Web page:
0 ( +0 / -0 )

At the heart of the problem was unregulated safety standards, an over site body who has since admitted they spent more time looking for reasons why Japanese N plants shouldn't conform to industry standards, were to cuddly with the industry and could at best advise not fine, prosecute? Now after everything that has happened what is the reaction?...nothing and a hope all will be forgotten. Mmmmm those who don't learn from History are doomed to repeat it. Apparently we need to repeat the whole uncontrolled incident again and god forbid again before it's viewed as serious. Once was enough for most but it's viewed as a cash cow for those at the top, thus the inaction. Screw the tax payer. As long as they pay.

-1 ( +0 / -1 )

Selfish idiots, do your jobs and work for the people and not each other

0 ( +0 / -0 )

Zichi The people in the agency at the moment are different from those who were there before the disaster. Those who are there at present are dealing with numerous problems which have to be and can be solved ASAP. It is important to distinguish the problems which are being dealt with at the moment and those which will concern the nuclear safety once the reactors resume work and/or some of them are hopefully decommissioned. So there are two lines of work which need immediate attention. The staff While ministry workers cannot pass the laws in the Diet (yes, they do take part in the law-making but voting and passing the regulations is politicians’ job) they can and are working on a zillion other issues which have not been reported because the media presumably do not find them so "interesting". It is common knowledge that bad news are the ones which attract most attention. And yes, work is slow because, obviously, for the load of issues they are dealing with, the agency is understaffed. I do wish all those issues concerning the nuclear crisis were resolved faster, but I try to be realistic and not overreact.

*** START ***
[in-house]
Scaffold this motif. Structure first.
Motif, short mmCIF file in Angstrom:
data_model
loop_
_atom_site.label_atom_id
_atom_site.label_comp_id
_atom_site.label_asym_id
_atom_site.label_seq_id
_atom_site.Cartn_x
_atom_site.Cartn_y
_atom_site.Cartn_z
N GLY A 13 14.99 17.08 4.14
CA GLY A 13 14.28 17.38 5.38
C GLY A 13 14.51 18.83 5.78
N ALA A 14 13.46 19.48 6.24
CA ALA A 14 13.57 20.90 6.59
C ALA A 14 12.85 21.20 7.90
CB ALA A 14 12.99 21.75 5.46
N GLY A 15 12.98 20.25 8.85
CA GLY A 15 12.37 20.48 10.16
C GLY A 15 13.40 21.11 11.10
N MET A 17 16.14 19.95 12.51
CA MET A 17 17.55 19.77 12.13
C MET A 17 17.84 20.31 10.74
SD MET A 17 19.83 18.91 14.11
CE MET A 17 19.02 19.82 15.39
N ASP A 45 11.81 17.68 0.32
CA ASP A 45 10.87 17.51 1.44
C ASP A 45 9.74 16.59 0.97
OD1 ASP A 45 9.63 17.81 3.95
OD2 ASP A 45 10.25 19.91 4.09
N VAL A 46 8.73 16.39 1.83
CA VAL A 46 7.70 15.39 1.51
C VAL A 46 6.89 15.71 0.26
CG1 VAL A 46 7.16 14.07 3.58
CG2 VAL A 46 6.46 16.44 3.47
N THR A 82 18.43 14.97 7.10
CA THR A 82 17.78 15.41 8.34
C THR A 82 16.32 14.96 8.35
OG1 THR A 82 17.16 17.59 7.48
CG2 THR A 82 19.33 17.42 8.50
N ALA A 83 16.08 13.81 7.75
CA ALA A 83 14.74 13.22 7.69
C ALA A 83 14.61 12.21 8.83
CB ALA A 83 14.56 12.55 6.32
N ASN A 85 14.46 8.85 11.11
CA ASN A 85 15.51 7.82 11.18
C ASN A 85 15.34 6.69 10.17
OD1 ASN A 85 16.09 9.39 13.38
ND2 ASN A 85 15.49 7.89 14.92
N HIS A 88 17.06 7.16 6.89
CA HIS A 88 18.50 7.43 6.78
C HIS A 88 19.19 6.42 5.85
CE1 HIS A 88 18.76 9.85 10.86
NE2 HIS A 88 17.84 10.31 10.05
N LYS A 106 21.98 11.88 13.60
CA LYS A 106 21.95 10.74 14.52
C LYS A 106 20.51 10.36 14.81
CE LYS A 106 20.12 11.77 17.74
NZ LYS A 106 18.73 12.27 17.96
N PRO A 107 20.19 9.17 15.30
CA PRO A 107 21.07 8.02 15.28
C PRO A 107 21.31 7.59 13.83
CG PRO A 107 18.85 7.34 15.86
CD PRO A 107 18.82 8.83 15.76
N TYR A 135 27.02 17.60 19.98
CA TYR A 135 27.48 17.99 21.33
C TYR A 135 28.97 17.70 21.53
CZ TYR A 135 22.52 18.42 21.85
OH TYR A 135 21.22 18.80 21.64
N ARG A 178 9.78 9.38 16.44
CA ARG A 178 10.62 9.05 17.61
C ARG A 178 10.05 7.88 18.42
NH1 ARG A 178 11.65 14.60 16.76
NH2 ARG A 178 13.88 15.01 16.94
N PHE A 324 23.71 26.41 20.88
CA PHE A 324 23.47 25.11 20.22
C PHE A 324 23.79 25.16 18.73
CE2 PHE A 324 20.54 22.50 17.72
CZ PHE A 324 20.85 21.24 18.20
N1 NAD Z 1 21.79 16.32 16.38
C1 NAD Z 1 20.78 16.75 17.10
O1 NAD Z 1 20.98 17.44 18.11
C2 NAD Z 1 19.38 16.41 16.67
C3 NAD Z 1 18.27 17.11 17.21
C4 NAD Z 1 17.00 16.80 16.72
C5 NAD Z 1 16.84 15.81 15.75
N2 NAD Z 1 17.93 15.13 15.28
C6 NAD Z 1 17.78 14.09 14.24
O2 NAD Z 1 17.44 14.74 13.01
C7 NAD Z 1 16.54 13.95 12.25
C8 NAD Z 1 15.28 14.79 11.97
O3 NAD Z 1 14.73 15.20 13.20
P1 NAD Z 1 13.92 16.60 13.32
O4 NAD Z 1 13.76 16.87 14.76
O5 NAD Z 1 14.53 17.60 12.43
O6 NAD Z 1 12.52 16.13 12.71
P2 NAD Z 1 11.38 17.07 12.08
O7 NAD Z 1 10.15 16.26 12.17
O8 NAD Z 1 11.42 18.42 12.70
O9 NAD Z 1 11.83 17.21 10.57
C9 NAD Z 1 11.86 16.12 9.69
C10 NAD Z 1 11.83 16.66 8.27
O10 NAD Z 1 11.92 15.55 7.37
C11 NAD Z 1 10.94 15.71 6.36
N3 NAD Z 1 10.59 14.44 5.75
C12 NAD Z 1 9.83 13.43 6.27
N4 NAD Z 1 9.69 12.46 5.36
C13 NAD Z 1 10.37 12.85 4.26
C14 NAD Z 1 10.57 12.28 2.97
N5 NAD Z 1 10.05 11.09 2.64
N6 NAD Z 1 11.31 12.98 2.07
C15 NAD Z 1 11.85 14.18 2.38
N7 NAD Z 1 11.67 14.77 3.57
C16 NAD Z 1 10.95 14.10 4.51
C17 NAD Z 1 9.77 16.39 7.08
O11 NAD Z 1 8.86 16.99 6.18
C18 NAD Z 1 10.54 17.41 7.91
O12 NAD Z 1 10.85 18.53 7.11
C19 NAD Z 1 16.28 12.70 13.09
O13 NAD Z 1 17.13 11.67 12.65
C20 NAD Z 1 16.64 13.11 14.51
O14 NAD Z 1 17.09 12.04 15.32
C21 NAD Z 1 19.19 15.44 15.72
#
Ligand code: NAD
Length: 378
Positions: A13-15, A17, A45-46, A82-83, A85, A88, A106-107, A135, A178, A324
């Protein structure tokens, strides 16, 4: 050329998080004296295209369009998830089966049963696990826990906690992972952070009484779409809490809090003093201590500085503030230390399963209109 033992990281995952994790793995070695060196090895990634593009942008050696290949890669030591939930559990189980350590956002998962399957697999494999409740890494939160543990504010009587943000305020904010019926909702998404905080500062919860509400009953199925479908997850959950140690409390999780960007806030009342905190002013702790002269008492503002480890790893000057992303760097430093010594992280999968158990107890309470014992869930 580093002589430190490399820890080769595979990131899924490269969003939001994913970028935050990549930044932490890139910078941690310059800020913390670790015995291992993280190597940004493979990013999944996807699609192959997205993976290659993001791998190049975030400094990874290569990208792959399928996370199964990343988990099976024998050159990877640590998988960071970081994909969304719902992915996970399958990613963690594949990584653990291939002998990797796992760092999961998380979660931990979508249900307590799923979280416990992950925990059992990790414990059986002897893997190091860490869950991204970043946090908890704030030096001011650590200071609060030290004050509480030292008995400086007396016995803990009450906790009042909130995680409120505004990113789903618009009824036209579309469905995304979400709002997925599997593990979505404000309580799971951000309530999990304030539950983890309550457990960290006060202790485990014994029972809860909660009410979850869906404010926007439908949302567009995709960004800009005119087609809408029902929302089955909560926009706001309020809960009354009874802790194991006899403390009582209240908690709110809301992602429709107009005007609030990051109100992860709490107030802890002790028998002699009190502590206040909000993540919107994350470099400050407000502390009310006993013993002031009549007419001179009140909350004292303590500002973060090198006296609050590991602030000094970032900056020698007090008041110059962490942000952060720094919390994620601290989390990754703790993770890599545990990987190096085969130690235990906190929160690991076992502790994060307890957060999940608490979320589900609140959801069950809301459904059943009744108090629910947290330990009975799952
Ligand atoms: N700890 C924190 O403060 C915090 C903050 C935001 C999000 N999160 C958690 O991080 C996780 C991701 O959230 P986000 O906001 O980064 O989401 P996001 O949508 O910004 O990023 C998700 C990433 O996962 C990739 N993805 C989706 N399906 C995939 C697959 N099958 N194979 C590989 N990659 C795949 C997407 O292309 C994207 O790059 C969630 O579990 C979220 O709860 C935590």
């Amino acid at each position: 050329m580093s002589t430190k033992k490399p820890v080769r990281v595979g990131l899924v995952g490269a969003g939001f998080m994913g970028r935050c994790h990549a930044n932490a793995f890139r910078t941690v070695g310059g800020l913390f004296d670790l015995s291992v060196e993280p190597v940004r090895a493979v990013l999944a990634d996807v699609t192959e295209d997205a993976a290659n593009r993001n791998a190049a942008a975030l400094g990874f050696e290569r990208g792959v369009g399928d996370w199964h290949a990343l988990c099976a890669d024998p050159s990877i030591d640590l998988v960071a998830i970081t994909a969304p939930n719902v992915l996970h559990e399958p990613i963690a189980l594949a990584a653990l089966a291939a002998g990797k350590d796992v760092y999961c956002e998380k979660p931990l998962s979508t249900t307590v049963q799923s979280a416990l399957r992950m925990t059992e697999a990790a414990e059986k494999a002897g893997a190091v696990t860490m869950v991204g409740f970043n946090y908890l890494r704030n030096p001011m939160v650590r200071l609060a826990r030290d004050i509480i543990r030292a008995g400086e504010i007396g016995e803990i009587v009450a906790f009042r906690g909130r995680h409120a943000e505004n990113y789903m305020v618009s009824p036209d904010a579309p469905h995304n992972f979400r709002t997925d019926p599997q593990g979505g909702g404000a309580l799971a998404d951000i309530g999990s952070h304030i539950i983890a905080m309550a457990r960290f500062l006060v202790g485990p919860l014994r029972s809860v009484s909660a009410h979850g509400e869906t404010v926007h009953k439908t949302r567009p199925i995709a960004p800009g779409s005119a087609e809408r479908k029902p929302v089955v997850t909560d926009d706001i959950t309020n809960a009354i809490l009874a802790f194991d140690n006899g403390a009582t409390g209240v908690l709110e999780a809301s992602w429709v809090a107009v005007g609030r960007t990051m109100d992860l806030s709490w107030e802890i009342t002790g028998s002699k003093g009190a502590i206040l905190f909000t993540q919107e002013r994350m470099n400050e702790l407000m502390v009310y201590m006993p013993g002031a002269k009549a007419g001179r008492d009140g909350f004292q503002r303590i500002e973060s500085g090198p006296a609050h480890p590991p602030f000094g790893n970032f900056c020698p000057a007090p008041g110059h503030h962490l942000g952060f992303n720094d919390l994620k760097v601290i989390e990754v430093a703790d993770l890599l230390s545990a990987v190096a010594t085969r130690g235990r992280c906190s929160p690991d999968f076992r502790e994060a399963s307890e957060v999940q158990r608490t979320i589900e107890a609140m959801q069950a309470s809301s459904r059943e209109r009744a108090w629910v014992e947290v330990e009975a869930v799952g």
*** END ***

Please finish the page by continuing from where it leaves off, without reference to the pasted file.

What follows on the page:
Hikozaemon, I wouldn't generalize about people, no matter what line of work they are in. Generalization is one of the shortest ways to prejudice and discrimination.

YongYang, There is no emotional fellacy on my side. What you seem to not understand is that the people who work there at present are not the ones with the cosy relations with the power industry. Yes, it is the same institution but those inside are not the ones who caused this crisis. They are the ones who are trying to sort it out.

Looking for scapegoats and eventually blaming the wrong people (pointing your finger, as you put it) sounds a lot like witch-hunting. But hey, we live in democratic Japan. So why not blame whoever we want? Go ahead and do it.

I am not trying to justify the nuclear safety agency, just trying to say that things are and will be changing.

-5 ( +0 / -5 )

Man can't control nuclear power. And certainly can't guarantee it's safety, as proven by past disasters.

1 ( +1 / -0 )

I never said they had been fired. But a very big part of the staff has been appointed after the accident and new fresh staff are coming in. Such changes are not officially announced to the general public so, even if you do not have to, you might as well take my word for it.

Just want to say that, eventhough it may not look so, I have had my scare after the accident and am as much eager to have the crisis solved as anybody else here. And I do believe that nuclear energy is not the energy of the future. (Needed to say it for anybody who might be willing to "fight" on this.)

Talk to you some other time.

-3 ( +0 / -3 )

@JaneM: Red herrings aside, the blame HAS to be pinned somewhere, hysterics of 'We mustn't! It's prejudice!' will not stand. If the causers of this catastrophe are NOT pointed out we will not learn.

0 ( +1 / -1 )